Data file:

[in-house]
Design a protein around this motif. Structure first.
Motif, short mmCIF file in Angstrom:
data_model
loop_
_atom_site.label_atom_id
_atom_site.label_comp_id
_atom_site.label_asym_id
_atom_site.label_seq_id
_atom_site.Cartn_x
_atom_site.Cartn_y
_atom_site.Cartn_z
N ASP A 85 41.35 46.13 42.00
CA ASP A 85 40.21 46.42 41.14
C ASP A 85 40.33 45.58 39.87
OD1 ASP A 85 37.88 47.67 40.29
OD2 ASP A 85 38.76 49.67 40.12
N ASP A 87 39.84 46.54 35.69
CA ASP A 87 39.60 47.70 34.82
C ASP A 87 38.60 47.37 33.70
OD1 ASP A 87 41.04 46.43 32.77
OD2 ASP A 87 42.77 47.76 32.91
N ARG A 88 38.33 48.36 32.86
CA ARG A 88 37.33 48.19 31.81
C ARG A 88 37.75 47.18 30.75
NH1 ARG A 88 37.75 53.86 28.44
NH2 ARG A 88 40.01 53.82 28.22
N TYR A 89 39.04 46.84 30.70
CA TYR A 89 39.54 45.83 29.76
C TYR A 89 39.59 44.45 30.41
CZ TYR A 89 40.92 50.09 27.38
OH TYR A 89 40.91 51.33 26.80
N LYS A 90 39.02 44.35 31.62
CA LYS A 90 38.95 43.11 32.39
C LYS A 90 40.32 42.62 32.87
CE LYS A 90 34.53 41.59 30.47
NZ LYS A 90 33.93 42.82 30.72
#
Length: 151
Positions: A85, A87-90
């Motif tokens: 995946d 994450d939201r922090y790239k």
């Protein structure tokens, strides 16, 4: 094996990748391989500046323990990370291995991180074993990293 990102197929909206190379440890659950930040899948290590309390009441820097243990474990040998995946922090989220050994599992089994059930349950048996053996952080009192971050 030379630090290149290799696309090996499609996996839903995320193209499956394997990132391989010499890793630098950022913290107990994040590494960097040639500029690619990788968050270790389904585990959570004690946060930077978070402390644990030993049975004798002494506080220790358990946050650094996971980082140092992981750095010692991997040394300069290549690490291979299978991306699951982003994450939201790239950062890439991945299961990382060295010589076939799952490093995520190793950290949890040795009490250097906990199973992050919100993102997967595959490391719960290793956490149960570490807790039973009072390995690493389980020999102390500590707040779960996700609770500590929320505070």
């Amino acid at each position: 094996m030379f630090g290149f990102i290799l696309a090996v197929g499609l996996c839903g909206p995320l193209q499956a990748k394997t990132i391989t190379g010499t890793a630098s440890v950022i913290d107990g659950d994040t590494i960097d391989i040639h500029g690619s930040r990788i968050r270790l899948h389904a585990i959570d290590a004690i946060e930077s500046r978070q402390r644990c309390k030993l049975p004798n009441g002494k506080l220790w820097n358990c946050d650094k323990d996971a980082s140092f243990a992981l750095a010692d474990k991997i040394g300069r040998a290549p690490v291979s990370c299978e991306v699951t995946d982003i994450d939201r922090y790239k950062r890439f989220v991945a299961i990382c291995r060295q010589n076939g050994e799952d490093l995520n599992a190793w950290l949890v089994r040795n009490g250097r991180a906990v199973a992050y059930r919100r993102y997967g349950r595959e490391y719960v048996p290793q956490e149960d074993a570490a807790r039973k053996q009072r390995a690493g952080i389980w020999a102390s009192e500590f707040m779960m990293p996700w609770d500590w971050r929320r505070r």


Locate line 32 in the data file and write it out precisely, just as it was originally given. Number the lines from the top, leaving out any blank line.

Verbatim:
OH TYR A 89 40.91 51.33 26.80